Travel Changes Due to Pregnancy and the Zika Virus

Jan 20, 2016

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I have written extensively about traveling while pregnant, as I myself flew at least 28 flights with my second pregnancy in 2014 and 2015, not to mention the ones I flew in 2009 while pregnant with my first daughter. Flying while you are pregnant can be much easier than flying once the baby is born and bundled in your arms, so in theory I’m a big fan of hitting the skies before hitting the delivery room. However, there are of course some unique risks involved with traveling while pregnant, and some destinations/types of trips to avoid, or at least think through very carefully before proceeding.

CDC Warning for the Zika Virus Risks and Pregnancy

Unfortunately there is a new issue to contend with that thankfully wasn’t a major concern even during my most recent pregnancy, the Zika virus. As you have likely heard, the Zika virus is transmitted by mosquitos and is linked to potential neurological issues, small heads, developmental issues, and even death for the developing fetus if the mother is bitten. In other words, it is a very serious issue for pregnant women (or those who may become pregnant) in terms of the health of the developing baby, even though the complications for otherwise healthy people who are bitten are generally relatively minor.

Just recently, the CDC issued a Level 2 Alert (middle of three alert levels) that doesn’t go so far as a Level 1 Alert that would say “avoid nonessential travel”, but it does recommend enhanced precautions. The CDC Level 2 Alert for Zika now extends to Puerto Rico, the Caribbean, Mexico, Central America, and South America.

If you are pregnant, or hope to become pregnant in the near future, this is absolutely something to take into consideration when planning or going forward on trips to those regions. Of course talk to your doctor, do your research, make your own decisions, etc. Personally, I would err on the side of caution in making my travel plans if I were pregnant, but I know that for some canceling a trip isn’t a viable option for whatever reason. In those cases, you will want to take every precaution to avoid mosquito bites. More specific recommendations are provided here at the CDC website.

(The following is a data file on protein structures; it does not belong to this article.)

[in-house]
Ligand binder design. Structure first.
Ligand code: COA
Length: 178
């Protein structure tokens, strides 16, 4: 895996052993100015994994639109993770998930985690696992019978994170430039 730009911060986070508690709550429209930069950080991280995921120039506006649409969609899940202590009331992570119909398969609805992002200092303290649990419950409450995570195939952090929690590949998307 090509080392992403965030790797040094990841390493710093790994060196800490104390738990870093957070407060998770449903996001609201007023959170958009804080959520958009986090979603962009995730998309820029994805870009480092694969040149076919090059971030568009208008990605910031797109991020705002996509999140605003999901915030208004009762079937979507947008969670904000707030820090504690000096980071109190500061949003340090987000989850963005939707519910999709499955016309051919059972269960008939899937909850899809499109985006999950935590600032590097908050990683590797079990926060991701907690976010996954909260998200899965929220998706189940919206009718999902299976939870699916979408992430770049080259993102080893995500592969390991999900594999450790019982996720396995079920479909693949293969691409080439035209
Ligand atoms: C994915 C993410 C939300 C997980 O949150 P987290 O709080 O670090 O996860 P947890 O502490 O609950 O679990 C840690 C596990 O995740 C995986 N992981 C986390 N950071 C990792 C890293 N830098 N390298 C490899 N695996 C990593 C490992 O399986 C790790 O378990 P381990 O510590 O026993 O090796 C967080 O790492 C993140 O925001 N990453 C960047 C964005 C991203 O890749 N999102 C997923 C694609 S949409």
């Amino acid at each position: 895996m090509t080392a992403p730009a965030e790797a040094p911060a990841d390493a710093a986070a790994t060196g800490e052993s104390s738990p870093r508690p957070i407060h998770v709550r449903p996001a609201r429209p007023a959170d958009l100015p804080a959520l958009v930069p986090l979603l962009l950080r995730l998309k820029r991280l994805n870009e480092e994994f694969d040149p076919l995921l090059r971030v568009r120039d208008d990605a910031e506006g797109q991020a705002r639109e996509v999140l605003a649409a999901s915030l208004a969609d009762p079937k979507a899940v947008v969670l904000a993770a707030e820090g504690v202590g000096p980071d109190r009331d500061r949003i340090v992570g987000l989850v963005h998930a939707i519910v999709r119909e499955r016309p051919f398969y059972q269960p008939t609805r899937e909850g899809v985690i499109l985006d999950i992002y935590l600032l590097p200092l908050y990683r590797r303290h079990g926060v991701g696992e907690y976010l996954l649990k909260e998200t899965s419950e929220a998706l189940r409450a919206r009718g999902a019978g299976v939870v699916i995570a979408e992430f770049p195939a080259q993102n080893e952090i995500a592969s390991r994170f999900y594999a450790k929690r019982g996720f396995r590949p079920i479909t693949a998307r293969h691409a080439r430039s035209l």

Canceling Flights Due to Zika Virus Risks

I know that those who have previously booked trip to a high risk Zika area will be wondering what their options are for canceling or changing flights without penalty. That is where the situation gets much murkier. Unlike when a hurricane or similar weather event threatens a specific region and airlines across the board waive change fees and the like, thus far this hasn’t been a situation where the airlines have a clear and unified response.

Most trip insurance policies don’t seem to cover a CDC type level 2 warning across the board unless of course you purchased the type of policy that will cover cancellation for any reason. Now, whether you could potentially get the event covered by travel insurance as a pregnant woman if your physician deemed the trip medically inadvisable is possible, but far from guaranteed depending on your plan and situational specifics. That said, it may be worth a shot if the airline won’t work with you to change your plans without penalty.

1/28/16 Update: Many airlines are now offering travel waivers for Zika, including United, American, and Delta. Other airlines, such as JetBlue, are making more and more exceptions if you ask.

I have read some reports of airlines allowing for free changes to travel plans because of the Zika virus, and some reports of airlines not offering any leniency even to pregnant women scheduled to travel to higher risk areas. This means you just have to call your airline and ask for help if this impacts you, and be prepared to be polite and push harder if you meet initial resistance. The reality is that non-refundable airfare is just that, non-refundable, but sometimes exceptions are made.

My own personal thoughts on this issue are that if are pregnant or may become pregnant and you decide the Zika virus poses a real threat to you and your travel plans, then don’t let a change or cancelation fee stop you from following your gut to change your plans. On the other hand, if you can work with the airline or trip insurance provider to waive or cover the change fees (which may have been built-in to the credit card you used to purchase your airfare), then obviously that is the best outcome if you decide to chance or cancel your travel plans.

Have you had to change your travel plans due to the CDC warning or the Zika virus? What happened in your situation?

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